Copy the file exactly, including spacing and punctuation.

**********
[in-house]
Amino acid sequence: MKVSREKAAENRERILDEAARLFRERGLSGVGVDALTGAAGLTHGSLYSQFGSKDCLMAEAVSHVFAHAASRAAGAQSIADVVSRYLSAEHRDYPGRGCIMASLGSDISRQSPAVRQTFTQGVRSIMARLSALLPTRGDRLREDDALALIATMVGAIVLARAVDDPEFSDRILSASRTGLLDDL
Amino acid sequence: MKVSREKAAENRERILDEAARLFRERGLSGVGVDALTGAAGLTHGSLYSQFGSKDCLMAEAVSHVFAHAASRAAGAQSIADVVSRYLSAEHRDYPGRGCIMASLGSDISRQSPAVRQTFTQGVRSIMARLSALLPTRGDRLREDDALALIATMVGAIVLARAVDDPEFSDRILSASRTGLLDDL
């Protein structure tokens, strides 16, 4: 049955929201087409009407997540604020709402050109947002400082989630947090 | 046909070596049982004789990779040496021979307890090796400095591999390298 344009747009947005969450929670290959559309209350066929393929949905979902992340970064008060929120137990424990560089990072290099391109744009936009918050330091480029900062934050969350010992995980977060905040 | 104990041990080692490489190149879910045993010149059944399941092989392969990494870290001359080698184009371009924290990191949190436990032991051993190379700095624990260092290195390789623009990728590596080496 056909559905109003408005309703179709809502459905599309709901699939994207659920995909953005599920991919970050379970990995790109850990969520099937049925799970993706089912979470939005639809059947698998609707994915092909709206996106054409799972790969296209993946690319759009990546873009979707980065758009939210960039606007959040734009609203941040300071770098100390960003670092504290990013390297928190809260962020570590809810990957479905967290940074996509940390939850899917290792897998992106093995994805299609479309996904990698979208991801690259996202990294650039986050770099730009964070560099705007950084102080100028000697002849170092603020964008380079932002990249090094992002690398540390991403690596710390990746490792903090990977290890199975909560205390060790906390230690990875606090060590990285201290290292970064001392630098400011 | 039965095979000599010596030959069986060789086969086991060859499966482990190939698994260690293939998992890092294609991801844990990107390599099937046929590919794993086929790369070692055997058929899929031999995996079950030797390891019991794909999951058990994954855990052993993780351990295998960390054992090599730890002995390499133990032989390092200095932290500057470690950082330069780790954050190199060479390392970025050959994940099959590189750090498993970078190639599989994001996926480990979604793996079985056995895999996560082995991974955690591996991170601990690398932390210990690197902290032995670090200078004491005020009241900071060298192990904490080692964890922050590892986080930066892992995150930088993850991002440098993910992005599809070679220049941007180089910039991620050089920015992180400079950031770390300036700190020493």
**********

[in-house]
Amino acid sequence: MKVSREKAAENRERILDEAARLFRERGLSGVGVDALTGAAGLTHGSLYSQFGSKDCLMAEAVSHVFAHAASRAAGAQSIADVVSRYLSAEHRDYPGRGCIMASLGSDISRQSPAVRQTFTQGVRSIMARLSALLPTRGDRLREDDALALIATMVGAIVLARAVDDPEFSDRILSASRTGLLDDL
Amino acid sequence: MKVSREKAAENRERILDEAARLFRERGLSGVGVDALTGAAGLTHGSLYSQFGSKDCLMAEAVSHVFAHAASRAAGAQSIADVVSRYLSAEHRDYPGRGCIMASLGSDISRQSPAVRQTFTQGVRSIMARLSALLPTRGDRLREDDALALIATMVGAIVLARAVDDPEFSDRILSASRTGLLDDL
């Protein structure tokens, strides 16, 4: 049955929201087409009407997540604020709402050109947002400082989630947090 | 046909070596049982004789990779040496021979307890090796400095591999390298 344009747009947005969450929670290959559309209350066929393929949905979902992340970064008060929120137990424990560089990072290099391109744009936009918050330091480029900062934050969350010992995980977060905040 | 104990041990080692490489190149879910045993010149059944399941092989392969990494870290001359080698184009371009924290990191949190436990032991051993190379700095624990260092290195390789623009990728590596080496 056909559905109003408005309703179709809502459905599309709901699939994207659920995909953005599920991919970050379970990995790109850990969520099937049925799970993706089912979470939005639809059947698998609707994915092909709206996106054409799972790969296209993946690319759009990546873009979707980065758009939210960039606007959040734009609203941040300071770098100390960003670092504290990013390297928190809260962020570590809810990957479905967290940074996509940390939850899917290792897998992106093995994805299609479309996904990698979208991801690259996202990294650039986050770099730009964070560099705007950084102080100028000697002849170092603020964008380079932002990249090094992002690398540390991403690596710390990746490792903090990977290890199975909560205390060790906390230690990875606090060590990285201290290292970064001392630098400011 | 039965095979000599010596030959069986060789086969086991060859499966482990190939698994260690293939998992890092294609991801844990990107390599099937046929590919794993086929790369070692055997058929899929031999995996079950030797390891019991794909999951058990994954855990052993993780351990295998960390054992090599730890002995390499133990032989390092200095932290500057470690950082330069780790954050190199060479390392970025050959994940099959590189750090498993970078190639599989994001996926480990979604793996079985056995895999996560082995991974955690591996991170601990690398932390210990690197902290032995670090200078004491005020009241900071060298192990904490080692964890922050590892986080930066892992995150930088993850991002440098993910992005599809070679220049941007180089910039991620050089920015992180400079950031770390300036700190020493």